Online gambling sites have come under a fresh wave of distributed denial of service (DDOS) attacks by malicious programmers looking for a quick payday.
Over the weekend, the Twitter helpdesk of UK-listed operator Betfair reported that both its betting exchange and fixed-odds sportsbook were down for the count. On Monday, Betfair revealed that it was “currently experiencing a DDOS attack on our site, which is stopping all site traffic.” Later messages confirmed that the site’s issues were the result of “a deliberate attempt by a third party to interrupt our service.”
By late Monday, Betfair was reporting that its site was “stable for now, however we are still monitoring to see if this malicious activity re-occurs.” However, as of Tuesday, the site said it continued to experience “technical issues beyond our control” that were affecting its in-play feed.
Traditionally, DDOS attacks on online sportsbooks are timed to coincide with marquee sporting events, in the hopes that operators will consider a ransom payment an unwanted but worthwhile expense in order not to miss out on significant betting volumes. Betfair’s unknown assailants appear to have timed their attacks around this weekend’s Grand National racing fixture and Sunday’s climax of golf’s Masters event.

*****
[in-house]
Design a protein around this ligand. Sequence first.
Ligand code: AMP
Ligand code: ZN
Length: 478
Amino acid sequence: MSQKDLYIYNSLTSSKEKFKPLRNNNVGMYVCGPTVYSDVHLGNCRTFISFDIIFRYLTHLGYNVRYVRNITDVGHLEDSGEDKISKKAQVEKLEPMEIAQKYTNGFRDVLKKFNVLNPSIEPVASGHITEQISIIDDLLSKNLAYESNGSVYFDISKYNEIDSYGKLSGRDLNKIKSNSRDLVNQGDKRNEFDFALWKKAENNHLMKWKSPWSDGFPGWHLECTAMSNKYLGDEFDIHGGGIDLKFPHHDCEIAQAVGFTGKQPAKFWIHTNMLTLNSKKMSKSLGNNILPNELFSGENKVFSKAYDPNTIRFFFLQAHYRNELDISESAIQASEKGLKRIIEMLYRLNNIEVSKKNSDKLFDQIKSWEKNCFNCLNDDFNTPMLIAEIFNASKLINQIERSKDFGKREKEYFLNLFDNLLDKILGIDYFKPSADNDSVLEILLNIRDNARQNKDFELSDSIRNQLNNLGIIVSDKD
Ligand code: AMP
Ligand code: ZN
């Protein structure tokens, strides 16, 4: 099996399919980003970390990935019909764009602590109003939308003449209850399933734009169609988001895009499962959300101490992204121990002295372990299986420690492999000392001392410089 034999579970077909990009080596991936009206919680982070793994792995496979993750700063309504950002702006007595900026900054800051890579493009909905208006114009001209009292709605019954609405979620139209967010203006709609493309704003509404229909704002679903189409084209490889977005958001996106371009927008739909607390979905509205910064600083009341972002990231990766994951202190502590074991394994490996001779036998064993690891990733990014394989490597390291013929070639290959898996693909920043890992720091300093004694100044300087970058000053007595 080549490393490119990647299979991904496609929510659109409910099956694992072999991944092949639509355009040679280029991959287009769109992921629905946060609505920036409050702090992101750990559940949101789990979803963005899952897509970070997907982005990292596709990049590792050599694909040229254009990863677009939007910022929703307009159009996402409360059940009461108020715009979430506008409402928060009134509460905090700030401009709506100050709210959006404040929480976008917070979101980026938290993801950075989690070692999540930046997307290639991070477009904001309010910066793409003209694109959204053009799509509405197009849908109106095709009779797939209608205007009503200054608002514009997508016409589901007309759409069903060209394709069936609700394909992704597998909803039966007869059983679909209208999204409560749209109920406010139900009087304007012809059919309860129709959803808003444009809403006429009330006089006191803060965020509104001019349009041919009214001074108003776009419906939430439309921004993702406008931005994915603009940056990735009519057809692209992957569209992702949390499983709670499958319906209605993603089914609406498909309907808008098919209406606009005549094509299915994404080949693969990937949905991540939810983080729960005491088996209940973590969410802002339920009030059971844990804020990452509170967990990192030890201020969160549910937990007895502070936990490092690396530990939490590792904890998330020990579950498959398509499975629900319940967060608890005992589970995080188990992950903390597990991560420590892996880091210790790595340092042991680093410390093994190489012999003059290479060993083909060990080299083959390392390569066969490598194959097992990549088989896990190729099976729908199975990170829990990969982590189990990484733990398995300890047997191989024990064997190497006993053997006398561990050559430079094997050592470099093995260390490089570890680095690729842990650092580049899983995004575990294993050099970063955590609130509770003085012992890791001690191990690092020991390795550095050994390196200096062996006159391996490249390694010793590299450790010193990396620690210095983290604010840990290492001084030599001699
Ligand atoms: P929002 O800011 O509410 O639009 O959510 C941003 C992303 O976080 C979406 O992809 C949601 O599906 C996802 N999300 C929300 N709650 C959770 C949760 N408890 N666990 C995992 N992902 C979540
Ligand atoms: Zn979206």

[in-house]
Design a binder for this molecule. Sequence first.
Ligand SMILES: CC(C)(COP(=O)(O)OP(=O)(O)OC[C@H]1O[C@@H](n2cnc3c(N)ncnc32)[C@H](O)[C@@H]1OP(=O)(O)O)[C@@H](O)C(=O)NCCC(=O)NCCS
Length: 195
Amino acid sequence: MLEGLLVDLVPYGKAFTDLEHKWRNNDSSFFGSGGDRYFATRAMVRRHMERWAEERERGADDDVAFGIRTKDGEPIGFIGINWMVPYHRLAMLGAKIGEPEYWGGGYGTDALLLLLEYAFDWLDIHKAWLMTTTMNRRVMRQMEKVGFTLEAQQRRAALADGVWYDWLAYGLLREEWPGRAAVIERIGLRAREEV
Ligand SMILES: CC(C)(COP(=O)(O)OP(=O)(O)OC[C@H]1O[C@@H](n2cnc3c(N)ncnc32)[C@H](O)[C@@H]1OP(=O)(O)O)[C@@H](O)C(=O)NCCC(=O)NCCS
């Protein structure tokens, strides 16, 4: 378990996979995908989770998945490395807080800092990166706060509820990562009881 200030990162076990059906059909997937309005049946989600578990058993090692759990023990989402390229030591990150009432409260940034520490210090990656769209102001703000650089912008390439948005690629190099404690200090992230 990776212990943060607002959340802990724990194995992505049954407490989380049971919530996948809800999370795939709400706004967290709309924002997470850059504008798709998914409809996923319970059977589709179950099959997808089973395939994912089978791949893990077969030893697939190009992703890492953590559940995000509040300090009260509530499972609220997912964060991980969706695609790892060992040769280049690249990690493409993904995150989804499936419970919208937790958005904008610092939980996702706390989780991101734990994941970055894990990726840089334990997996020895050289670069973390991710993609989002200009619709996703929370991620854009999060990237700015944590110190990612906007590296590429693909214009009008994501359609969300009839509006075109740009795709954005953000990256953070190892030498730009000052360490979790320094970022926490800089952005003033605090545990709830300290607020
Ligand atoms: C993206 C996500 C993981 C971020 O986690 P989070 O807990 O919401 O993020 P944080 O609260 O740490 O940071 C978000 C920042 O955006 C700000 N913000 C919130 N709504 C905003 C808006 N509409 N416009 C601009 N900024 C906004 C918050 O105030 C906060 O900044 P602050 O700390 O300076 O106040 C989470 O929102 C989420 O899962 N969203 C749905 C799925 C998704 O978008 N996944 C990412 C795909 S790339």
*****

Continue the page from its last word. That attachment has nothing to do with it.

Earlier this month, Malta-licensed Betat Casino reported coming under a DDOS attack by unknown attackers seeking payment in Bitcoin. A Betat spokesperson told players that the attack was “vicious, massive and widespread and hit our entire range of sub-nets.” The spokesperson said the volume of nuisance data clogging its servers topped 45 gigabytes per second. The attackers reportedly asked for 10 Bitcoin, or roughly US $2,200, in order to stop the harassment.
Other online gambling outfits – including PokerStars, Unibet and Tonybet – have reportedly experienced similar connectivity issues over the past week, although the companies have yet to confirm the source of these issues. It’s equally unclear whether the presumed attacks are a coordinated assault by a single band of brigands or an unhappy coincidence, but the former seems far more likely than the latter.
Bringing DDOS attackers to justice is a daunting proposition although there have been a few notable successes. In December 2013, two Polish blackmailers were sentenced to five years for DDOS attacks on unnamed UK gambling sites. However, in that case, the attackers were stupid enough to (a) target someone who knew their identities and (b) attend an in-person meeting that was crashed by Manchester police.